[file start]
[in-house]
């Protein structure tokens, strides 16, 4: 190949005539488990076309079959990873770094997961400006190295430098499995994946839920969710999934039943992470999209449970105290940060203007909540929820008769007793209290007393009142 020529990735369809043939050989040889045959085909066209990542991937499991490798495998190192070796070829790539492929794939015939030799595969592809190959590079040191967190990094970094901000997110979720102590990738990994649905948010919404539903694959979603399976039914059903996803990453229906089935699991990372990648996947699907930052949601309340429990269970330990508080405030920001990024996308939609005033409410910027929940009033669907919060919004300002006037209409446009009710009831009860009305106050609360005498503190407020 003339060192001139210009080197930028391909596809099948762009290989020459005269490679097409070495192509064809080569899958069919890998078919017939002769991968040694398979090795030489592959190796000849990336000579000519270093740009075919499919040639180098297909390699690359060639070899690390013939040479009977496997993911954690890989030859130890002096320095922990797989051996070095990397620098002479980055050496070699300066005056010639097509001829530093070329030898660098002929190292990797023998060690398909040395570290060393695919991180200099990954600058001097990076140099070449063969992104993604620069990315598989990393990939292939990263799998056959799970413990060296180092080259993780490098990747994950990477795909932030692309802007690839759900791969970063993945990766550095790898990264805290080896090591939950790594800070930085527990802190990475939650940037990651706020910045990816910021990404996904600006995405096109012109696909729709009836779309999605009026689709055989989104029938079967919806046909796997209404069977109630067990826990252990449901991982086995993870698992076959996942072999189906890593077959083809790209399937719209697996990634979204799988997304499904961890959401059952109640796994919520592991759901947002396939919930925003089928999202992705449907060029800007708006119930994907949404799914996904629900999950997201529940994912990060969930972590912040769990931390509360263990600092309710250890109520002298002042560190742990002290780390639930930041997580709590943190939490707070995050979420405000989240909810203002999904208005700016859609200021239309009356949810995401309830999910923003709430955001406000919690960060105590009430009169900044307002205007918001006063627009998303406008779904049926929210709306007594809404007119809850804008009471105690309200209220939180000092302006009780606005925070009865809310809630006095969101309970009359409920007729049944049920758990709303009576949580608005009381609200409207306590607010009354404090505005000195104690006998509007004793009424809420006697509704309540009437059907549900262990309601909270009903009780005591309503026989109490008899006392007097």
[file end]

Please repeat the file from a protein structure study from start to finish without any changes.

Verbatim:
[in-house]
């Protein structure tokens, strides 16, 4: 190949005539488990076309079959990873770094997961400006190295430098499995994946839920969710999934039943992470999209449970105290940060203007909540929820008769007793209290007393009142 020529990735369809043939050989040889045959085909066209990542991937499991490798495998190192070796070829790539492929794939015939030799595969592809190959590079040191967190990094970094901000997110979720102590990738990994649905948010919404539903694959979603399976039914059903996803990453229906089935699991990372990648996947699907930052949601309340429990269970330990508080405030920001990024996308939609005033409410910027929940009033669907919060919004300002006037209409446009009710009831009860009305106050609360005498503190407020 003339060192001139210009080197930028391909596809099948762009290989020459005269490679097409070495192509064809080569899958069919890998078919017939002769991968040694398979090795030489592959190796000849990336000579000519270093740009075919499919040639180098297909390699690359060639070899690390013939040479009977496997993911954690890989030859130890002096320095922990797989051996070095990397620098002479980055050496070699300066005056010639097509001829530093070329030898660098002929190292990797023998060690398909040395570290060393695919991180200099990954600058001097990076140099070449063969992104993604620069990315598989990393990939292939990263799998056959799970413990060296180092080259993780490098990747994950990477795909932030692309802007690839759900791969970063993945990766550095790898990264805290080896090591939950790594800070930085527990802190990475939650940037990651706020910045990816910021990404996904600006995405096109012109696909729709009836779309999605009026689709055989989104029938079967919806046909796997209404069977109630067990826990252990449901991982086995993870698992076959996942072999189906890593077959083809790209399937719209697996990634979204799988997304499904961890959401059952109640796994919520592991759901947002396939919930925003089928999202992705449907060029800007708006119930994907949404799914996904629900999950997201529940994912990060969930972590912040769990931390509360263990600092309710250890109520002298002042560190742990002290780390639930930041997580709590943190939490707070995050979420405000989240909810203002999904208005700016859609200021239309009356949810995401309830999910923003709430955001406000919690960060105590009430009169900044307002205007918001006063627009998303406008779904049926929210709306007594809404007119809850804008009471105690309200209220939180000092302006009780606005925070009865809310809630006095969101309970009359409920007729049944049920758990709303009576949580608005009381609200409207306590607010009354404090505005000195104690006998509007004793009424809420006697509704309540009437059907549900262990309601909270009903009780005591309503026989109490008899006392007097």